Clark C.K. Liu (Emeritus Professor of the University of Hawai‘i WRRC), and his co-authors Drs. Pengzhi Lin and Hong Xiao have published a textbook for advanced undergraduate and graduate students of civil and environmental engineering and related academic fields. This book will also be an excellent reference for engineers and scientists. Water Environment Modeling provides fundamental theories and case studies to illustrate the formulations and applications of mathematical models that simulate water flow and chemical transport in rivers, lakes, groundwater, estuaries, coasts, and ocean waters. This book emphasizes the importance of both simple analytical models and comprehensive numerical models. In general, simple models are used for preliminary assessment of a specific water environment, while comprehensive models are used to provide simulations with more detailed spatial and temporal variations of the fate and transport of pollutants in water environments.
ISBN 9780367442439 — Copyright Year 2022
Published by CRC Press — Taylor & Francis Group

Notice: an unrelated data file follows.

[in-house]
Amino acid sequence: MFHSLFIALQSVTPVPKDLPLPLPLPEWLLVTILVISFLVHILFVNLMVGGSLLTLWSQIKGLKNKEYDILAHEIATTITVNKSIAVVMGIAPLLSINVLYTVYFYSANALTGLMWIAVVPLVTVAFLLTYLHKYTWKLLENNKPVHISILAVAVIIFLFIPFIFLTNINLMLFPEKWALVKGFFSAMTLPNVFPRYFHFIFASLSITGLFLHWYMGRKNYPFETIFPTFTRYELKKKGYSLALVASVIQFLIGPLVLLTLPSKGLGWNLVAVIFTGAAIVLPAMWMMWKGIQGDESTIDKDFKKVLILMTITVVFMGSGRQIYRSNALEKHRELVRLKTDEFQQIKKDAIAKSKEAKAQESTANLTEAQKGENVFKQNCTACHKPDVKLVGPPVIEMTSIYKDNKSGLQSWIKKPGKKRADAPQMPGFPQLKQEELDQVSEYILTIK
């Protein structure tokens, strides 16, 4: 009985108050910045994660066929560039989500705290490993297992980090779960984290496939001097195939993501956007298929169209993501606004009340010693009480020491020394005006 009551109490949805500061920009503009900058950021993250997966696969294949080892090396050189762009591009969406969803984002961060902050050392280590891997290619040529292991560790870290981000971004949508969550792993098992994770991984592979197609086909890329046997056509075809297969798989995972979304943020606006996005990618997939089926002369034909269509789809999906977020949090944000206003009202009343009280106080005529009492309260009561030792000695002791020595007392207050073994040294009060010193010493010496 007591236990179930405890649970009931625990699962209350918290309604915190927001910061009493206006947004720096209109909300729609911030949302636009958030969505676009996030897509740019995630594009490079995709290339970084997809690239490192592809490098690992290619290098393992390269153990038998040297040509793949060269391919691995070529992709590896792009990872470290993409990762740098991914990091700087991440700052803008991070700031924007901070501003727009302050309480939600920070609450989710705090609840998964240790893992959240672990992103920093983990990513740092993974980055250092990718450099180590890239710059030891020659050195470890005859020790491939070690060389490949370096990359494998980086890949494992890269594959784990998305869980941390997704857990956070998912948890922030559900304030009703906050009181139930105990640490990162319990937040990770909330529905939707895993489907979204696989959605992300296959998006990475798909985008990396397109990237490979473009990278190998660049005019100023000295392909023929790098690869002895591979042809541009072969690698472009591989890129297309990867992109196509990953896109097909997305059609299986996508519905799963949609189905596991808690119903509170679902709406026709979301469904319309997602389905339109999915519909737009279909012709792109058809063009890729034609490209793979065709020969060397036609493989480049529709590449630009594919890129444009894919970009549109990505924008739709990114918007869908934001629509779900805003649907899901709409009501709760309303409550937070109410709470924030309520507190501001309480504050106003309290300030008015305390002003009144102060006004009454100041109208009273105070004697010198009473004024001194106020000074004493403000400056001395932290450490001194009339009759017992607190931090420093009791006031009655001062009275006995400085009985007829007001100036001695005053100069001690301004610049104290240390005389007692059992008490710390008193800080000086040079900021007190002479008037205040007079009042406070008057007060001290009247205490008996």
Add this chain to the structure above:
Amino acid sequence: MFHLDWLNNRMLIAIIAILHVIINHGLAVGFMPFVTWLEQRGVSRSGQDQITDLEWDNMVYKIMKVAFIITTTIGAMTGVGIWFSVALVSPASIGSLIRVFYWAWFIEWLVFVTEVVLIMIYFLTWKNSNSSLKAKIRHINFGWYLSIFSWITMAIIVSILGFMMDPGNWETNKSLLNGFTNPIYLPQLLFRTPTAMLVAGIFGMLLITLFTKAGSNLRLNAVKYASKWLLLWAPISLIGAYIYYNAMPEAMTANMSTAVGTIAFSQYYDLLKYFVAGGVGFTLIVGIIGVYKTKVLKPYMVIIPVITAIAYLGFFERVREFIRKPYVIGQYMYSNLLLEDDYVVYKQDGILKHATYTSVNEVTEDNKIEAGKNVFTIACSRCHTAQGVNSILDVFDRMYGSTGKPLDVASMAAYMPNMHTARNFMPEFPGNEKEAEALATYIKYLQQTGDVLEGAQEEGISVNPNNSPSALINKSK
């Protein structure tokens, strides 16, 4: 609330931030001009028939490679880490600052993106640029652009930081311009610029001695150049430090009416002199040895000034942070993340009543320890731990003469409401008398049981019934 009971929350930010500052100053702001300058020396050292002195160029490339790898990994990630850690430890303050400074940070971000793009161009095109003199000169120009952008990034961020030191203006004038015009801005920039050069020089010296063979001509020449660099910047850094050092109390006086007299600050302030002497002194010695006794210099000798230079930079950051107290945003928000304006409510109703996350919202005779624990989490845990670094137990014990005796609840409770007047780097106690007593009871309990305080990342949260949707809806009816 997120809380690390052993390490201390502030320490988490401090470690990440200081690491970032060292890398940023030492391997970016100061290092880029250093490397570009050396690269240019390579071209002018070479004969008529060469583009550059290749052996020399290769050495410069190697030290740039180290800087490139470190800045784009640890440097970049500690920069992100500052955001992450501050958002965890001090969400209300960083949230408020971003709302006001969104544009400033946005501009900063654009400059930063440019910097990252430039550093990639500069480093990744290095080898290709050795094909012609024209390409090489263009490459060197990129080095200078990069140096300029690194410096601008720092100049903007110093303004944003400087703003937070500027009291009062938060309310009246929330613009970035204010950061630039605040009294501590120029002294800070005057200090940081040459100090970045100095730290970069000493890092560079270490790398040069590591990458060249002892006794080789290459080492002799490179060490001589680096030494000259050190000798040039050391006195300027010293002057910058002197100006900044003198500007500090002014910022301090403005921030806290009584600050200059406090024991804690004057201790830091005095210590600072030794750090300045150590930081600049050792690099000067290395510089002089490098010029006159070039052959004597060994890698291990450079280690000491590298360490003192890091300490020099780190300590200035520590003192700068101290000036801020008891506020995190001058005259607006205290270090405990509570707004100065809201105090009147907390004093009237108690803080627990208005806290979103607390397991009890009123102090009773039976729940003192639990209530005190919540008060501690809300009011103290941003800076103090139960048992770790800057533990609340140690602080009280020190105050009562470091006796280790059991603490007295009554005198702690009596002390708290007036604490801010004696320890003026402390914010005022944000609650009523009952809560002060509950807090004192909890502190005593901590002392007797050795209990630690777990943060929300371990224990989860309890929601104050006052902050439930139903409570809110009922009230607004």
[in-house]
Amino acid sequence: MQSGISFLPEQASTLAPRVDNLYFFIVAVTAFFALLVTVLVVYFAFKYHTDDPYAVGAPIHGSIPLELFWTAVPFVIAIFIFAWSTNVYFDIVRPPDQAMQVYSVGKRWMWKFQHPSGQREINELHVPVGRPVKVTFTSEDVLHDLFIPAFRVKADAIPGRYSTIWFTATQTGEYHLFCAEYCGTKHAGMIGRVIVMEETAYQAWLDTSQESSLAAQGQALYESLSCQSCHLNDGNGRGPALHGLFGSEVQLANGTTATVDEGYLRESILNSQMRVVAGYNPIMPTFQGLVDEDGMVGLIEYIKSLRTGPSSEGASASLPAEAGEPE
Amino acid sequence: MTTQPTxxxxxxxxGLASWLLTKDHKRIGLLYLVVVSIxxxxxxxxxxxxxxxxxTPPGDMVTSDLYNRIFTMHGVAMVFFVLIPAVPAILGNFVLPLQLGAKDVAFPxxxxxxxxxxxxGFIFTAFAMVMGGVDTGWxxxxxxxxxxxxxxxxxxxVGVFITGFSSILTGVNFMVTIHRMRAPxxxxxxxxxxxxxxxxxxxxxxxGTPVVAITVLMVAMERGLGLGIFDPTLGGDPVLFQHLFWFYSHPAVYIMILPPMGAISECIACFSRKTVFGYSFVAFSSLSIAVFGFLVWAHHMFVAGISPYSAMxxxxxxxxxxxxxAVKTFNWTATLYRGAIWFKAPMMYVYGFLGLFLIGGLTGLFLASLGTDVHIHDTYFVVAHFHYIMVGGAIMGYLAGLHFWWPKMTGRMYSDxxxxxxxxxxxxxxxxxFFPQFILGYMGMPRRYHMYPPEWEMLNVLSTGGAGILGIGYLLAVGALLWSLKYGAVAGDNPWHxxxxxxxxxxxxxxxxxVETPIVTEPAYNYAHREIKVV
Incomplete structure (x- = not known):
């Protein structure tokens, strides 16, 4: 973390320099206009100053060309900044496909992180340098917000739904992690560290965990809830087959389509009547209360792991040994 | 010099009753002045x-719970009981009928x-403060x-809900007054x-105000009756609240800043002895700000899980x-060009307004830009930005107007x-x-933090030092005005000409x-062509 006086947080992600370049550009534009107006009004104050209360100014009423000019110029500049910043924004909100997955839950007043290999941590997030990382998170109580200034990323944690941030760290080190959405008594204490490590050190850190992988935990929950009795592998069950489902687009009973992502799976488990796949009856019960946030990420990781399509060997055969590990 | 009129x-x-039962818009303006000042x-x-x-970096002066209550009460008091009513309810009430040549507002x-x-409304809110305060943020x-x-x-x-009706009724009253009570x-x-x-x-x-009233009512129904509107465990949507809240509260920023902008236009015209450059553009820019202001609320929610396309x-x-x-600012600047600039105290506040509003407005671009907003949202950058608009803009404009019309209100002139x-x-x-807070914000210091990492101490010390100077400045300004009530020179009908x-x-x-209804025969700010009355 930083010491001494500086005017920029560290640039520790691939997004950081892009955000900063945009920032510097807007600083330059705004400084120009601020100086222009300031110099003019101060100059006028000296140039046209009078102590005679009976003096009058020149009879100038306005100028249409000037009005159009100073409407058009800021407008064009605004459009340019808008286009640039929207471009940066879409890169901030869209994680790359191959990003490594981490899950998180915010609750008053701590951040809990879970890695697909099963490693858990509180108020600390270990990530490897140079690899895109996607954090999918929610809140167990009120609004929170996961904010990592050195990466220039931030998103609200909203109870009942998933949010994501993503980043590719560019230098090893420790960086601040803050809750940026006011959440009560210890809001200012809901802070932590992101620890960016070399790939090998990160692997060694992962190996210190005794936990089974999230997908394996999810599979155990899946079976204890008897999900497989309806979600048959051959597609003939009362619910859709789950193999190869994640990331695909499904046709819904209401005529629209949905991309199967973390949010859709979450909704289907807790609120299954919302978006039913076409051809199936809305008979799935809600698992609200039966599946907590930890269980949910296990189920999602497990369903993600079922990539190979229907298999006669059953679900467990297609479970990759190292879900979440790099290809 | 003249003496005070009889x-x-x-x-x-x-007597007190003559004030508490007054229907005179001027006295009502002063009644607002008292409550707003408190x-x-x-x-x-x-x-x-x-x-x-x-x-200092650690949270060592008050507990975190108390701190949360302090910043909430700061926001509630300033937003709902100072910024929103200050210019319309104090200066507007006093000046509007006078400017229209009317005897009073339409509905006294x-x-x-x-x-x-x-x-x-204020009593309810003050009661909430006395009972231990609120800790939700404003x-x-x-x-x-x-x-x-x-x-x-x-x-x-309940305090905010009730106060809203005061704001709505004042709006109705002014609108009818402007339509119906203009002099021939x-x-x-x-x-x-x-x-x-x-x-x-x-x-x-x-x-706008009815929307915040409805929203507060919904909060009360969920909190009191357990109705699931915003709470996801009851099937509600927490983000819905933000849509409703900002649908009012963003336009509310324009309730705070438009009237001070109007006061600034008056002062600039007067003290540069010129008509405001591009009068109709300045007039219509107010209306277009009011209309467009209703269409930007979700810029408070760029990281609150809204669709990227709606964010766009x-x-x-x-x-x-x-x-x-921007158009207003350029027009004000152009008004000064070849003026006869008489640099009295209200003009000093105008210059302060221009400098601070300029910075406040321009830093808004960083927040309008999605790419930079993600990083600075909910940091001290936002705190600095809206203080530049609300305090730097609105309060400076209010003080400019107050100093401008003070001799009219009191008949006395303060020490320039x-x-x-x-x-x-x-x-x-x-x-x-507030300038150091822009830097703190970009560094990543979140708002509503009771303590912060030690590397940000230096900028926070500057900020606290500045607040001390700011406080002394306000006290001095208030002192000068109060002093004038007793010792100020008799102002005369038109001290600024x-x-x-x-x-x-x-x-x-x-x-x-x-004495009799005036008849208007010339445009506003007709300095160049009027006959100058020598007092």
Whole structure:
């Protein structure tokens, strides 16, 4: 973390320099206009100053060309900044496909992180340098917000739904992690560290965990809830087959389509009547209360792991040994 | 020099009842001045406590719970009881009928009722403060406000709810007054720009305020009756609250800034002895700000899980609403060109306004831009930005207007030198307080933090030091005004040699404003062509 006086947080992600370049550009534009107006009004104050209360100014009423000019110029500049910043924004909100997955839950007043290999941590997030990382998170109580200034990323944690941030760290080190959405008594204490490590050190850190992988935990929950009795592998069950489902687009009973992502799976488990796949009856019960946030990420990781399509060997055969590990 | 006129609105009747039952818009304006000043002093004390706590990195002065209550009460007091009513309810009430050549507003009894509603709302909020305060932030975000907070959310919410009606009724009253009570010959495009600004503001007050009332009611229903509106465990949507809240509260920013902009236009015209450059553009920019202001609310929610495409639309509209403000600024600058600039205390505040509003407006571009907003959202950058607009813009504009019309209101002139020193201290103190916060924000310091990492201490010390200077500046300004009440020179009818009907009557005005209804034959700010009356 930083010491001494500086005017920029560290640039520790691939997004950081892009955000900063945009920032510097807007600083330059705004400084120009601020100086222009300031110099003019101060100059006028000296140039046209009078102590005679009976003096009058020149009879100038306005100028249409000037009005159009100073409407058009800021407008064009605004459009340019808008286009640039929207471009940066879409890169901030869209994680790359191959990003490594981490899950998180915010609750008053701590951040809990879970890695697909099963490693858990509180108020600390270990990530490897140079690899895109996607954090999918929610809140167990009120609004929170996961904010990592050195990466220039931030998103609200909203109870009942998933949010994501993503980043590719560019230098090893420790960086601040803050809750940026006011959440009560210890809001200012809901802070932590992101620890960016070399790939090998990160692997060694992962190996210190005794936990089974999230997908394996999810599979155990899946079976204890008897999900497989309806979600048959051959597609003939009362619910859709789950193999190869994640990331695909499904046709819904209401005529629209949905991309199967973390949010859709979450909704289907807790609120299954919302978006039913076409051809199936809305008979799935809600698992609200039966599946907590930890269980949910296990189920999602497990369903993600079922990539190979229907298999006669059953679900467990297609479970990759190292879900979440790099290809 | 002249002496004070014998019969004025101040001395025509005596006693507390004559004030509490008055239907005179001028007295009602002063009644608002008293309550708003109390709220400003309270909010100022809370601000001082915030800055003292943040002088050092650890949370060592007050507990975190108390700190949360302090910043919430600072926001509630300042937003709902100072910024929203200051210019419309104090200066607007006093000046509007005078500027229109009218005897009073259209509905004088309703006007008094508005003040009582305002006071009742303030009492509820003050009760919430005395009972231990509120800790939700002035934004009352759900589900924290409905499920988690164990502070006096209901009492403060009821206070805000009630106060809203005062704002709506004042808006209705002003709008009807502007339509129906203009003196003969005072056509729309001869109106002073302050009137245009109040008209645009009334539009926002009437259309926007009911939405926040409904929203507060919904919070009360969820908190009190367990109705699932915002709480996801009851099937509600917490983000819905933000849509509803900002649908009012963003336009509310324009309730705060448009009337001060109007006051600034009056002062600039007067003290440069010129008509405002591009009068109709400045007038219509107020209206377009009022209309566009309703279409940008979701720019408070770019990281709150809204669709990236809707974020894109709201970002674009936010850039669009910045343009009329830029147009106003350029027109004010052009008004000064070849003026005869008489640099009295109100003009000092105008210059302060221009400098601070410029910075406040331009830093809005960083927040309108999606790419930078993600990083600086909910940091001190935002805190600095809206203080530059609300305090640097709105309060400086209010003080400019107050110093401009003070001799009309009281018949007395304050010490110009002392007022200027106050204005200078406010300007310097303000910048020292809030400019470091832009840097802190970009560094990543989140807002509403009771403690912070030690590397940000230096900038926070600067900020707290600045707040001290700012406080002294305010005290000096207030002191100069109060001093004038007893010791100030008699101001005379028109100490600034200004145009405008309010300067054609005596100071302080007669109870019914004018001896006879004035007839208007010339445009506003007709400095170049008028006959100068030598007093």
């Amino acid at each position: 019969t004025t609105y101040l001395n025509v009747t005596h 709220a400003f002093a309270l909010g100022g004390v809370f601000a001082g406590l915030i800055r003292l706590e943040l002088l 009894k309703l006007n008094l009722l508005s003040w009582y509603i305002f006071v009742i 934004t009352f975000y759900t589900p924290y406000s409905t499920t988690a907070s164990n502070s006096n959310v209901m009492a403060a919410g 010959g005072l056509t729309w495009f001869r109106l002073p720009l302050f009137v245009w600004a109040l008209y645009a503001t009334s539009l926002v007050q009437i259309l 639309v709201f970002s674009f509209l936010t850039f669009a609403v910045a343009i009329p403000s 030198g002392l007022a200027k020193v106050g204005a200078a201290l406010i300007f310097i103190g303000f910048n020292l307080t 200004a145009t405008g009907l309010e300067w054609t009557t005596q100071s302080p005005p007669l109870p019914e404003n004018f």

334 pages, 147 b/w Illustrations
| Water Environment Modeling can be obtained from CRC Press — Taylor and Francis Group, Amazon, Barnes&Noble, and all major bookstores. |
The purpose of the scholarship is to further knowledge of Hawai‘i’s natural waters by providing financial assistance that may be used for anything related to costs of attendance or research. The scholarship will be awarded to either part- or full-time University of Hawai‘i students. Application deadline is April 29, 2022.
Congratulations Dr. Brytne Okuhata!
On 9 March 2022, Brytne successfully defended her dissertation “Assessment of groundwater age and transport in West Hawai‘i aquifers.” Her hard work and perseverance helped her to earn her Doctorate degree during these extraordinary times.
Brytne is an ‘Ike Wai graduate research assistant, 2019 Harold T. Stearns Fellowship recipient, and a published scholar. Her interest lies in Hawai‘i’s hydrogeology.